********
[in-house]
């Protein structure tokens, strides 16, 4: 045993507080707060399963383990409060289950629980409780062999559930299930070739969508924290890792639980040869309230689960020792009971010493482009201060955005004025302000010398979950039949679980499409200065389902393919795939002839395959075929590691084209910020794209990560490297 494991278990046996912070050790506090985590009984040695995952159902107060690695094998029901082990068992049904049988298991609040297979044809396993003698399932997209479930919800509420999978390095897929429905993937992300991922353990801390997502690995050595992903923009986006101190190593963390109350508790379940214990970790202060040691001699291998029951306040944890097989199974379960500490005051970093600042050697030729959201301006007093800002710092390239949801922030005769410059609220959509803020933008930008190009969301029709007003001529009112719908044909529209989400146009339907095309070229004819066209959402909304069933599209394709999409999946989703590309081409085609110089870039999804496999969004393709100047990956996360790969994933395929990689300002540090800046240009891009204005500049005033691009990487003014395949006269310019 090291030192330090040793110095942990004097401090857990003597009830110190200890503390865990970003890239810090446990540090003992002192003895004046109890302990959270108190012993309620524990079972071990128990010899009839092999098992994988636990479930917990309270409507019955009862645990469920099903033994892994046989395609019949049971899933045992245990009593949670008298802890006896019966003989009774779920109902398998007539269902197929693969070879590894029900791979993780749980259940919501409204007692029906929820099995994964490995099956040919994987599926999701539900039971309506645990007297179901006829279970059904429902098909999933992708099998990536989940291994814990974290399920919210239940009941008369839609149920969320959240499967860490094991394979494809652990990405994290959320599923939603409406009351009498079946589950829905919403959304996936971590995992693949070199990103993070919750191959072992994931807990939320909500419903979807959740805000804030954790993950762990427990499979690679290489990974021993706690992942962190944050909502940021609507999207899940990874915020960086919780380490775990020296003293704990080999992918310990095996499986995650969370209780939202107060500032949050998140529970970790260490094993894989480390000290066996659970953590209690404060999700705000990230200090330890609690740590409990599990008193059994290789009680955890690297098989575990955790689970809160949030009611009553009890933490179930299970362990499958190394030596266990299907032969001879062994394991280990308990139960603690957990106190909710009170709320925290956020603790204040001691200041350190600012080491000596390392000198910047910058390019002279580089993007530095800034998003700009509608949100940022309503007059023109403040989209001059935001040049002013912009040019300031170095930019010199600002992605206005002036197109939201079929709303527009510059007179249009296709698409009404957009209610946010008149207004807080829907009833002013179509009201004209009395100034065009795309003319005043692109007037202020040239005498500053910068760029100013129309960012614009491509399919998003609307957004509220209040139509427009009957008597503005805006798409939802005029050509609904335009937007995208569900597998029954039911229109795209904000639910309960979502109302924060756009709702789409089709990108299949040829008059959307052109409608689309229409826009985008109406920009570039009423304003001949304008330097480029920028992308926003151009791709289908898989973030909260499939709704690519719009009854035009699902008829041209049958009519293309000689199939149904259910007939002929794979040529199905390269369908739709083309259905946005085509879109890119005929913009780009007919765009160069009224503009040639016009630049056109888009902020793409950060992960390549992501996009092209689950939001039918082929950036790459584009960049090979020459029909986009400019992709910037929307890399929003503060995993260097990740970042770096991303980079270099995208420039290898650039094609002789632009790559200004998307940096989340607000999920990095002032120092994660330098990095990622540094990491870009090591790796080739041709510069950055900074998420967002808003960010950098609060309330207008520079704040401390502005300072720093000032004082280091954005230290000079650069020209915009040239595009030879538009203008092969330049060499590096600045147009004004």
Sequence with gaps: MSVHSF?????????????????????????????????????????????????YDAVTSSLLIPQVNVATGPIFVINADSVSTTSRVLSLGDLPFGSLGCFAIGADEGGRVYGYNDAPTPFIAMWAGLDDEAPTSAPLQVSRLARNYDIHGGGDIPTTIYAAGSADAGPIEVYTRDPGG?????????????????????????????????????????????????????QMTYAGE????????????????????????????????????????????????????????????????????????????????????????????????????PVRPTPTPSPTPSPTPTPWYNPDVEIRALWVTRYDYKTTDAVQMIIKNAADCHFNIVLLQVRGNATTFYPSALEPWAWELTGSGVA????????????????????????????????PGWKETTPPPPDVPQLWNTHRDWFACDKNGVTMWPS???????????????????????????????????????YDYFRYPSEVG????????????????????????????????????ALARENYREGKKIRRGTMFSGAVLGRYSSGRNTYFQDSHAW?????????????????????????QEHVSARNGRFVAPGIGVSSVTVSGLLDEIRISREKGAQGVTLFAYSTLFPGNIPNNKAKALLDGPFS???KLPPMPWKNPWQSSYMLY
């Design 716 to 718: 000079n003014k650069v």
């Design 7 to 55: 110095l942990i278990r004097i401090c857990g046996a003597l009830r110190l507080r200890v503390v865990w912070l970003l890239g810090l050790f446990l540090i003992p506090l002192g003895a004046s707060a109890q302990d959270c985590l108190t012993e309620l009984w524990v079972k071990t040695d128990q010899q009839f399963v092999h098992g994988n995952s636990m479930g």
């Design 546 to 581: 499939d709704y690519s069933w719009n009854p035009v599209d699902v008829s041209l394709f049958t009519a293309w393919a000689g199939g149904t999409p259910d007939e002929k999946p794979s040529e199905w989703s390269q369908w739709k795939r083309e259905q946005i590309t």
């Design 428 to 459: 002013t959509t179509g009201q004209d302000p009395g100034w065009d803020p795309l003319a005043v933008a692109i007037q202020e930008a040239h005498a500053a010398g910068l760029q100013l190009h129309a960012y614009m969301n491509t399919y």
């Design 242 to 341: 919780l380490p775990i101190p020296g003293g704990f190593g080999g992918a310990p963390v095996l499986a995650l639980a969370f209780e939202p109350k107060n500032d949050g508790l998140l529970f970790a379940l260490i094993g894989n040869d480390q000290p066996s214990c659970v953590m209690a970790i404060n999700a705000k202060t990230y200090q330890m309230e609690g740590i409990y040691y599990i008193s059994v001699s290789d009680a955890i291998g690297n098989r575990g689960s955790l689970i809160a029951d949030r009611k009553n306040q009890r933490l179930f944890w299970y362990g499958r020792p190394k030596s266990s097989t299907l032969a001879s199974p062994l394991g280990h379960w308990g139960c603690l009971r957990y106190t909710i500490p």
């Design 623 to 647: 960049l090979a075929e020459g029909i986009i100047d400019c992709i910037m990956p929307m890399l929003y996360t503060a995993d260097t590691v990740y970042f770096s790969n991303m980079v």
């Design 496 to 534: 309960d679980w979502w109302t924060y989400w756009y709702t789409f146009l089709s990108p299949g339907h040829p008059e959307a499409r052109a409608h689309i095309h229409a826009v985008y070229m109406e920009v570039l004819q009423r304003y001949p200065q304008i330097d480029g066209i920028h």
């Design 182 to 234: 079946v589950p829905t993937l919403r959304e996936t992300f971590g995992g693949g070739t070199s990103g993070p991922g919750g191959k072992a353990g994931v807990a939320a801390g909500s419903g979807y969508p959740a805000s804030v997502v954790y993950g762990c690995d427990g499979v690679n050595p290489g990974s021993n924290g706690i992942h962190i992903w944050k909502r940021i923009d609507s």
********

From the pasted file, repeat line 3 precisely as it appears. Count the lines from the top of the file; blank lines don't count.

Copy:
Sequence with gaps: MSVHSF?????????????????????????????????????????????????YDAVTSSLLIPQVNVATGPIFVINADSVSTTSRVLSLGDLPFGSLGCFAIGADEGGRVYGYNDAPTPFIAMWAGLDDEAPTSAPLQVSRLARNYDIHGGGDIPTTIYAAGSADAGPIEVYTRDPGG?????????????????????????????????????????????????????QMTYAGE????????????????????????????????????????????????????????????????????????????????????????????????????PVRPTPTPSPTPSPTPTPWYNPDVEIRALWVTRYDYKTTDAVQMIIKNAADCHFNIVLLQVRGNATTFYPSALEPWAWELTGSGVA????????????????????????????????PGWKETTPPPPDVPQLWNTHRDWFACDKNGVTMWPS???????????????????????????????????????YDYFRYPSEVG????????????????????????????????????ALARENYREGKKIRRGTMFSGAVLGRYSSGRNTYFQDSHAW?????????????????????????QEHVSARNGRFVAPGIGVSSVTVSGLLDEIRISREKGAQGVTLFAYSTLFPGNIPNNKAKALLDGPFS???KLPPMPWKNPWQSSYMLY